And at the moment, I think it’s too early to speak of regulating something that you don’t know exactly what it will do in the future, and this is the hard thing. It’s very easy to apply regulation on cases that involves human rights, for example, breaches and you know what everybody did, but it’s very difficult to apply regulation on software that you actually don’t know exactly what it will do in the future. It’s very challenging to envision any kind of laws that will actually regulate blockchain at this point. But you can use the law as a guide point to predict certain challenges, and that’s what I’ve written about.

So there are already certain policy challenges that we have to look at that blockchain technology promotes, but it will pose some kind of difficulty in terms of protecting certain rights, for example. I mean, I know that you want to talk about this maybe later on about how a blockchain can be linked to human rights at some point.

Blockchain and voting:

Gabriel Stein:                     Yeah, absolutely. You mentioned before that you’re connected with a voting blockchain startup?

Hanane Boujemi:             Yeah.

Gabriel Stein:                     Can we talk about that a bit?

Hanane Boujemi:             Yeah. So this product is basically trying to do exactly what I was talking about, like voting maybe straightforward in the UK or in different countries, but in other contexts, it’s very difficult to get a genuine vote and make sure that everything is in place for a democratic setup, basically. So the point is to deploy the technology that will allow people to vote online, ensuring, obviously, that it’s transparent, that there is no fiddling with it, and so on. The product is not yet ready, so it’s following the same process of all the startups at the moment using blockchain. It’s based on Etherium. I’m not sure if you know or you’ve heard of Etherium. It’s a platform that allows you to build your own smart contracts using blockchain.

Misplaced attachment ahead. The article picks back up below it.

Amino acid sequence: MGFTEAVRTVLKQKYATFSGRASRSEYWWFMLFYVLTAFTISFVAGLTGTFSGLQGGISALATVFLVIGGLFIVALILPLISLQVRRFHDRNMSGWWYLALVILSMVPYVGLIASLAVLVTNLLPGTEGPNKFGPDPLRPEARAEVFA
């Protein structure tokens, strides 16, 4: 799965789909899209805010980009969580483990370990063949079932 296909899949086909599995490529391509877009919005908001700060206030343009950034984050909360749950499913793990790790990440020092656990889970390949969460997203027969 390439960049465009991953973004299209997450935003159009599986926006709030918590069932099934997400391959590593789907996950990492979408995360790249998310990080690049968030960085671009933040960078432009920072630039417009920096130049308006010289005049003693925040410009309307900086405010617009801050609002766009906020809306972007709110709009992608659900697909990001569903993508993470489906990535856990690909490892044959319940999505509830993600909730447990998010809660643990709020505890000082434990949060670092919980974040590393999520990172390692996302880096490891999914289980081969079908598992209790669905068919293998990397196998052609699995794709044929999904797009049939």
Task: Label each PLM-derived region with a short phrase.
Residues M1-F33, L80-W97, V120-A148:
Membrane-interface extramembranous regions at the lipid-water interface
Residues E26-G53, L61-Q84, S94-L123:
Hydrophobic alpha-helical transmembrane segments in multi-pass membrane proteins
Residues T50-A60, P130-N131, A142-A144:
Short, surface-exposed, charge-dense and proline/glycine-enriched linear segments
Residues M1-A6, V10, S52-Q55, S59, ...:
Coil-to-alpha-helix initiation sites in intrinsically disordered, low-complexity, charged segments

On Smart Contracts:

Gabriel Stein:                     Can I just ask you, what’s a smart contract?

Hanane Boujemi:             Okay. Well, a smart contract is not the opposite of dumb contract. It’s not that. It’s just that if you’ve heard of blockchain you’ve probably heard of Bitcoin and Etherium. So Bitcoin is, let’s say maybe that the most famous cryptocurrency in the world now, and Etherium is the second biggest blockchain that exists after Bitcoin.